Company must get access to drilling site, court told


Company must get access to drilling site, court told




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THUNDER BAY — A junior mining exploration company says it will go under unless it gets an injunction ensuring access to a Northern Ontario drilling site, its lawyer told a Superior Court judge yesterday.


The investors in Platinex Inc. are “up to their necks financially,” lawyer Neal Smitherman said. “Without access to this property, the company simply will not exist; it will become insolvent.”


Platinex needs to start drilling this summer to produce evidence that there's potential value in mining claims and leases covering 4,892 hectares, 580 kilometres north of Thunder Bay. Then it will be able raise funds to complete a two-year drilling program, Mr. Smitherman said.


Platinex is seeking an injunction to keep members of Kitchenuhmaykoosib Inninuwug First Nation (commonly known as KI) away from the Big Trout Lake site where, the company asserts, protesters frightened a drilling crew off in February. It is suing the band for $10-billion.


KI has countered with its own application for an injunction prohibiting Platinex from engaging in any exploration activities in the area and is countersuing for $10-million. In a legal move that could affect mining across the country, it has launched a challenge to the Ontario Mining Act for failing to provide for constitutionally mandated consultation.


In the front row of the courtroom sat James Trusler, the president, chief executive and principal shareholder of Platinex, which he founded in 1998 and which hasn't made money since it was incorporated.


In an interview, Mr. Trusler rejected KI's argument that there wasn't sufficient consultation on the Platinex exploration and noted that what happened is typical of practice across the province. “If we don't get this injunction, the mining industry in Ontario will collapse because there won't be one claim that's in good standing,” he said.


Platinex describes the property as a potential world-class deposit for platinum and palladium. Mr. Trusler said around 200 people, mostly family and friends, have invested in the company, but everything fell apart in February and there's been virtually no trading in the company's stock since then.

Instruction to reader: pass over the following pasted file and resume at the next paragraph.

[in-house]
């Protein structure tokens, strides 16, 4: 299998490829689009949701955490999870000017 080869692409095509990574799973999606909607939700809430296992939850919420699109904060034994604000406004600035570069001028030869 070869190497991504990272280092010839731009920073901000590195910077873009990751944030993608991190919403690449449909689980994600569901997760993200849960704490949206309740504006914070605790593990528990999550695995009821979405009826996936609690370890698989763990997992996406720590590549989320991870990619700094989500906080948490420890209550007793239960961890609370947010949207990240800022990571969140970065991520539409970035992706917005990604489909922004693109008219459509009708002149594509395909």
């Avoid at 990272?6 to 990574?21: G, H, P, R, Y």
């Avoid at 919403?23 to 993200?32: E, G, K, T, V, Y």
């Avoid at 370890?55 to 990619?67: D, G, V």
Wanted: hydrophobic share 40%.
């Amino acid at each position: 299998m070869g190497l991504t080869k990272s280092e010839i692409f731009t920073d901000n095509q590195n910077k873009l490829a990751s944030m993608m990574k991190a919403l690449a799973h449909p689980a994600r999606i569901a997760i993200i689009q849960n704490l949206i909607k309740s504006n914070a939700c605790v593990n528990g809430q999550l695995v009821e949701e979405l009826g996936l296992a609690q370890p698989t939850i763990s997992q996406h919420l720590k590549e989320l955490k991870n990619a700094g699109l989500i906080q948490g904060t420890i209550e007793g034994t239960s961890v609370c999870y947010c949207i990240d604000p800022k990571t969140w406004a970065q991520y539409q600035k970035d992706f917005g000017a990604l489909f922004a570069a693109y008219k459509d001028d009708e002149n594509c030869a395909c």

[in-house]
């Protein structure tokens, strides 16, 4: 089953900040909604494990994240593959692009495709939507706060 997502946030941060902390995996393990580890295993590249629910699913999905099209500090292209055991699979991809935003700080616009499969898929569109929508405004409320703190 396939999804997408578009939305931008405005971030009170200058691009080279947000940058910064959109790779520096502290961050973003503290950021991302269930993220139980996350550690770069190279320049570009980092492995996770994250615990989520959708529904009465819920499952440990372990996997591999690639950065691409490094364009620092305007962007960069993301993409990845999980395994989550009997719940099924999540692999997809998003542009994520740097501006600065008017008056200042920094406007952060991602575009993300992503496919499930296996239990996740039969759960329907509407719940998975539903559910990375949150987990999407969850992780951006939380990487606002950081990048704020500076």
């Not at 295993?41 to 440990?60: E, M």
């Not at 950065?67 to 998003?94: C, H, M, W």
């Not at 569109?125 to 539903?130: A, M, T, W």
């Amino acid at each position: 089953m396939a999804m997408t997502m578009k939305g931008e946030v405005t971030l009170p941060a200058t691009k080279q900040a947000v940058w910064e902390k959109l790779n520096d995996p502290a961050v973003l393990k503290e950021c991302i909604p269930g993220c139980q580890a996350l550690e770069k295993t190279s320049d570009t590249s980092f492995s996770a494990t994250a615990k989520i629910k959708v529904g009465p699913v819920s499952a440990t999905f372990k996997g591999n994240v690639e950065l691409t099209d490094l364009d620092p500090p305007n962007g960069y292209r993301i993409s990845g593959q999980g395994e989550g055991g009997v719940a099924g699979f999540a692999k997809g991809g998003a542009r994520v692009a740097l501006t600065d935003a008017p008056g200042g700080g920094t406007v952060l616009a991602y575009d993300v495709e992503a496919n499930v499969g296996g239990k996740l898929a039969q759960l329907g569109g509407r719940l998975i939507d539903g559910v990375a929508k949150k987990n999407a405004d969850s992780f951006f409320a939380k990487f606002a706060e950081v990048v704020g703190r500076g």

Around 30 KI residents watched the proceedings from seats farther back. The reserve, home to about 900 people, struggles with the poverty that afflicts aboriginals across the North, spokesman John Cutfeet said in an interview. There's a housing waiting list with 105 families on it, unemployment is at around 70 per cent and there's an increase in cancer rates that Mr. Cutfeet said is due to PCB spills from a former government weather station.


Mr. Justice Patrick Smith will not make any decision on the constitutionality of the Mining Act in the hearing that concludes today. That matter will go to trial in a year or two; Judge Smith has to decide whether an injunction is warranted.


KI is claiming irreparable harm from disruption to harvesting and hunting, environmental damage and prejudice due to the possible exclusion of Platinex lands from those it can reserve under a treaty entitlement claim. That claim, filed in 2000, is for an extra 516 square kilometres in reserve lands, based on the Crown's failure to allocate sufficient reserve lands under a formula set out in Treaty 9, signed a century ago.


Platinex's claim is simpler: the company's extreme financial jeopardy. But in court documents, KI argues that the company is the author of its own misfortune, having raised close to $1-million in December of 2005, and stated in a disclosure document that “the band has verbally consented to low-impact exploration.”


It is potential liability arising from those deals with the December, 2005 investors — deals that were based on these misrepresentations by Platinex — that are now putting Platinex in financial peril,” the KI factum alleges.


In fact, Platinex received two letters, one in August of 2005, from a band official, and one in November of 2005, from Chief Donny Morris, which stated that previous agreements with Platinex were null and void and the band did not consent to the exploration.


Platinex officials chose to ignore those letters in favour of support expressed by individual band members who were receiving payments from the company, the KI factum states.


Yesterday, Mr. Smitherman rejected allegations of misrepresentation and explained that Platinex officials felt communications with the band conveyed “mixed messages.”




(Tuesday, June 27, 2006 on page A2)


The lawyer for Platinex Inc., which is suing Kitchenuhmaykoosib Inninuwug First Nation over a drilling dispute, is Neal Smitheman. Incorrect information appeared in a story last Friday.